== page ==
Paul Davidson is licensed under CC BY 2.0

Paul Davidson is licensed under CC BY 2.0

Licenses to grow marijuana are given only under strict conditions

Mie Prefectural Government granted permission to a local association to cultivate cannabis for traditional Shinto rituals like shimenawa, the practice of hanging ropes at the entrance of a shrine. This license marks the first time such an event happened in this prefecture. The cultivation permit approval was given on April 6, based on the Cannabis Control Law. Mie Prefecture is in Honshu's Kansai region. It is the most populous and largest Japanese island. As per the Japanese health ministry, about 37 groups spread over 12 other prefectures in Japan have gained hemp growing licenses.

The city Ise is known for its 3rd century Ise Shrine dedicated to the Japanese imperial family's ancestral deities. For Shinto practitioners, hemp has immense ritual value. The 8th century religion has tenets including natural spirit beliefs and deep respect towards ancestors. Shinto was Japan’s state religion until 1945.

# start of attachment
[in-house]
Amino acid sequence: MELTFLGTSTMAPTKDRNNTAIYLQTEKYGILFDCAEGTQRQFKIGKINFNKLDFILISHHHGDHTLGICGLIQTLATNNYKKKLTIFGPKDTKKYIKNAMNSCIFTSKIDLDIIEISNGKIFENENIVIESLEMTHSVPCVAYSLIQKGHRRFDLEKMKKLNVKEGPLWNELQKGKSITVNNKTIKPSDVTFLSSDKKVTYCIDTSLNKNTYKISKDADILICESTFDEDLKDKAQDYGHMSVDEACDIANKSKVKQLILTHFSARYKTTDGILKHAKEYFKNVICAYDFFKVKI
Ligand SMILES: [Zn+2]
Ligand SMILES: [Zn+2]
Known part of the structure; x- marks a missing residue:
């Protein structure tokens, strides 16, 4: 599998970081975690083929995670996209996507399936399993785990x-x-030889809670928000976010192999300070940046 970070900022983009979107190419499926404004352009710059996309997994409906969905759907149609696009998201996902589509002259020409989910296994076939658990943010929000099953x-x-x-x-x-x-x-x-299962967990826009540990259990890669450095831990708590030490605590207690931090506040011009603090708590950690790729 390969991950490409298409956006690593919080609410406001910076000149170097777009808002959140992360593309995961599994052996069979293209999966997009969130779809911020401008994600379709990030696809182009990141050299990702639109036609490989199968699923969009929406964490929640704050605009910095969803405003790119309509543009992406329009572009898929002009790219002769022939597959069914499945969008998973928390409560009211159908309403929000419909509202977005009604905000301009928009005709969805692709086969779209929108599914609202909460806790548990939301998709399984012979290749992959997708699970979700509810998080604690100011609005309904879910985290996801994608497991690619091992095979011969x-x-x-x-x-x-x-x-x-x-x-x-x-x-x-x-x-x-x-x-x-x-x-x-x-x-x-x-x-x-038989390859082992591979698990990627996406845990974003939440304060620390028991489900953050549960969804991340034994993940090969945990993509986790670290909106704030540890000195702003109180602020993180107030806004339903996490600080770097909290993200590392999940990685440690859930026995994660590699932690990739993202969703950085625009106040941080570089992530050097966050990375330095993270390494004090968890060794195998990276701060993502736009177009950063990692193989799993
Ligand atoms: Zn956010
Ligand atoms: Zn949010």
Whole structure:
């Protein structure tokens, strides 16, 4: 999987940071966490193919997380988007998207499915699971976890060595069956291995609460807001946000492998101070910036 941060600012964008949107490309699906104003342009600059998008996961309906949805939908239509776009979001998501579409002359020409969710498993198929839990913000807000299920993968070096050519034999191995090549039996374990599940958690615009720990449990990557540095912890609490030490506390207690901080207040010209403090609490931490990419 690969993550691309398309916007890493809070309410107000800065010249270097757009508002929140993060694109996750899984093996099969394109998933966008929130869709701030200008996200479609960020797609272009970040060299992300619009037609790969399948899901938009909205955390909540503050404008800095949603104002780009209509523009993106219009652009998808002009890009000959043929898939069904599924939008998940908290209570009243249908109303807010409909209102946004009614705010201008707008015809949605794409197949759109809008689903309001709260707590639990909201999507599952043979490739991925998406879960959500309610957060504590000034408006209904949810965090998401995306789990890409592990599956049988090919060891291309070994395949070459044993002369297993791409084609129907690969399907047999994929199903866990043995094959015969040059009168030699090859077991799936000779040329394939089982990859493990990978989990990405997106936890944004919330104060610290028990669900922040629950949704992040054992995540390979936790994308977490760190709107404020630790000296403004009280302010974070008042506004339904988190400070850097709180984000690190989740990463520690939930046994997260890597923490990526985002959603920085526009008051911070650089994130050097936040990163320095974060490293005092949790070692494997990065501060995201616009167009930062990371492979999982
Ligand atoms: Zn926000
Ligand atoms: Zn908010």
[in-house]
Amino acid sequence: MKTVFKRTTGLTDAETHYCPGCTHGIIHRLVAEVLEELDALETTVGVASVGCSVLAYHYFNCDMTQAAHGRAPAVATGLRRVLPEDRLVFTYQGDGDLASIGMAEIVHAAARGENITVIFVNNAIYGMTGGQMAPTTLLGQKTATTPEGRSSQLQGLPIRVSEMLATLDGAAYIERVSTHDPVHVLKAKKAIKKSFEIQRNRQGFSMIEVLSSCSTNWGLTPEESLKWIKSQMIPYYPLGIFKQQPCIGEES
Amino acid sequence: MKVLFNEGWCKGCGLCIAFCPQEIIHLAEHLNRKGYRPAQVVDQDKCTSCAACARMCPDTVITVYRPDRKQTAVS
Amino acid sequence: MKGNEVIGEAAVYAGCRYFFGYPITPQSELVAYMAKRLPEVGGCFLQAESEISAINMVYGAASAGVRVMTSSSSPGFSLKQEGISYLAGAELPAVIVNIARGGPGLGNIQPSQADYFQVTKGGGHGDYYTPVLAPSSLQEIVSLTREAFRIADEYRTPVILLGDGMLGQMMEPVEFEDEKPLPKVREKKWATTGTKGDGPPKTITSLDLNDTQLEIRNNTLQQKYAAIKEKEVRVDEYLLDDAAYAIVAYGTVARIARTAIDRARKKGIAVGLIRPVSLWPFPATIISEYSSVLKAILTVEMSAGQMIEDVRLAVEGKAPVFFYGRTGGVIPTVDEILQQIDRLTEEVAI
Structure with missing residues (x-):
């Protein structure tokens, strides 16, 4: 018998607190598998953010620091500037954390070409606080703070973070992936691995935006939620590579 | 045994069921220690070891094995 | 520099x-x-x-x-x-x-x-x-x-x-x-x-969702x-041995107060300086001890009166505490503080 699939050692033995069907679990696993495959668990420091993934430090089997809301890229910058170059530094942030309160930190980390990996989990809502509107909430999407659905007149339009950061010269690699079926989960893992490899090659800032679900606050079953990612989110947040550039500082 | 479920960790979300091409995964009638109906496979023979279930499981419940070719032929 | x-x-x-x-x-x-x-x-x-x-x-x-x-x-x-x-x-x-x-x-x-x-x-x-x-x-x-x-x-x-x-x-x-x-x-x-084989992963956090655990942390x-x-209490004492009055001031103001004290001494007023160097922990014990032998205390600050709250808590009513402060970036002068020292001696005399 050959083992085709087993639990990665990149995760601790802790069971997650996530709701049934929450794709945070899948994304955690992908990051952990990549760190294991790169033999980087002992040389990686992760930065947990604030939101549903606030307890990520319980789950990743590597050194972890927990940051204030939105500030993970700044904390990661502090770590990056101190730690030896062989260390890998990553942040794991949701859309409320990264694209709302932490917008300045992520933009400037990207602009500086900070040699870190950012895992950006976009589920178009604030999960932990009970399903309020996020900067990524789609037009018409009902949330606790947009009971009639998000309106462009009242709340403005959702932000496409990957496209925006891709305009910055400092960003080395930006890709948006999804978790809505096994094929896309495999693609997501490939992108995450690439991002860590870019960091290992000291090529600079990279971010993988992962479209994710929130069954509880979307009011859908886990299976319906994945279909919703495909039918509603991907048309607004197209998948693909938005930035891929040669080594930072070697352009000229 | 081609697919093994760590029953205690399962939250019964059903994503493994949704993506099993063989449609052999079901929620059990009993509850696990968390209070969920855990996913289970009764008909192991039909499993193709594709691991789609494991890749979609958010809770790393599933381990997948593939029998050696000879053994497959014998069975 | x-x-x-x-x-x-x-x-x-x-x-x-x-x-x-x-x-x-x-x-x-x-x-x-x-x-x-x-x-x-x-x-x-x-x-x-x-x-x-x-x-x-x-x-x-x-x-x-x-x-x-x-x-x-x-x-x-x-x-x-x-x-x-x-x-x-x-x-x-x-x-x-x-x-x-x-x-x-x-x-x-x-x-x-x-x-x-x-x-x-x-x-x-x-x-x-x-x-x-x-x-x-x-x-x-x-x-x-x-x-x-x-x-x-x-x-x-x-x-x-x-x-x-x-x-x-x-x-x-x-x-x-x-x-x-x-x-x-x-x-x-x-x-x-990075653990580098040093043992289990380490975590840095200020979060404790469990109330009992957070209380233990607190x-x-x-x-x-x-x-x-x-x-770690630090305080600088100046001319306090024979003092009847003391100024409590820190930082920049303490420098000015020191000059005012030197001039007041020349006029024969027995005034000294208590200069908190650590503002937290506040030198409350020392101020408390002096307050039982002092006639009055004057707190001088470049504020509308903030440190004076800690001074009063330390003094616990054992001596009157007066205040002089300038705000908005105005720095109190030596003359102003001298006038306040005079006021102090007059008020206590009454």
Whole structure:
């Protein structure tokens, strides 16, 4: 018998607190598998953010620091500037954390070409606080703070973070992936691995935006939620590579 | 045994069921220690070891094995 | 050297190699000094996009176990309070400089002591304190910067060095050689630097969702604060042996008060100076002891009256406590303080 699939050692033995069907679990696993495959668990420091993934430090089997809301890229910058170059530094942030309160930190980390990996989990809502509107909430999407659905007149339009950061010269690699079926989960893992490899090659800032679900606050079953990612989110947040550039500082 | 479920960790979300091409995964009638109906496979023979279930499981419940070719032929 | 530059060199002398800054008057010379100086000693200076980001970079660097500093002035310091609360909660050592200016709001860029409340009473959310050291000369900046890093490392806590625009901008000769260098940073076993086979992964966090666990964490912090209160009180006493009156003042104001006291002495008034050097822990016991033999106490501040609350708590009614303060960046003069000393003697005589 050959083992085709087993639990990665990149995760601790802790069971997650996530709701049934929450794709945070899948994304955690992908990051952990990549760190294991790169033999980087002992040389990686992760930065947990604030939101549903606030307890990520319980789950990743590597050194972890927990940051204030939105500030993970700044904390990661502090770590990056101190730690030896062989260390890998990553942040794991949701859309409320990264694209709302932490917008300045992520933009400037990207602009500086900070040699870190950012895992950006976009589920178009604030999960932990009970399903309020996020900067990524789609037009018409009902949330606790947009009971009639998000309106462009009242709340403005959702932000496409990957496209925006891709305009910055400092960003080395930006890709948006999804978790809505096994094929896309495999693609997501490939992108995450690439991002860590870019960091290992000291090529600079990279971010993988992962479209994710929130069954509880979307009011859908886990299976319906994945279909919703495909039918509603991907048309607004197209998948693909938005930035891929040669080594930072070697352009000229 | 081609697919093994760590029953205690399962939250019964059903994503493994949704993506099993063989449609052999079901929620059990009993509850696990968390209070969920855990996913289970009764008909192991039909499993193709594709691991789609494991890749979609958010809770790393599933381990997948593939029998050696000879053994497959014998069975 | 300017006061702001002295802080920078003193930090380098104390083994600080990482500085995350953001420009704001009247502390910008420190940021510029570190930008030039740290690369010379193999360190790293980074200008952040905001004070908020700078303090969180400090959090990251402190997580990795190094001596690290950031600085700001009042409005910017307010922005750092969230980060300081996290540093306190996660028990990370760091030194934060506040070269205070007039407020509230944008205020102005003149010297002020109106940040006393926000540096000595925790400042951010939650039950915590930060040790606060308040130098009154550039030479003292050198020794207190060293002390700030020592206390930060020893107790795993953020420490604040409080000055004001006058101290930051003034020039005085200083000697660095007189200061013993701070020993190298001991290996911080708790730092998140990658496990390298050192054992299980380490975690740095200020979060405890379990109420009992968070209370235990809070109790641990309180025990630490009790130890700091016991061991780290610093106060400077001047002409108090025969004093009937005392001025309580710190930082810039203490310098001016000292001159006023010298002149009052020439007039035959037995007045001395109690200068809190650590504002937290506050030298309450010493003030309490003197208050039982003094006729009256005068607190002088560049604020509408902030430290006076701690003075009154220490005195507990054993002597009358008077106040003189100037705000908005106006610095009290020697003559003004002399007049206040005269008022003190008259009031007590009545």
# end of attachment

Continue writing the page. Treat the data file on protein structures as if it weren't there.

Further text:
The law in Japan prohibits marijuana possession and its transfer except with strict permission based on the importance of people’s lives. The government-approved Mie Prefecture plan comes saddled with many restrictions. This license permits the group to supply fiber solely to two shrines. One of them is the Kuwana-located Tado Taisha. Prominent among the many conditions was the installation of security cameras and a fence no less than two meters high which must enclose the grow sites. The association anticipates the first crop will be ready for harvest in August.

The last few years have witnessed Japan importing about 90 percent of its total cannabis from China to make hemp shimenawa rope. Most of the domestic cannabis production is in Tochigi Prefecture.

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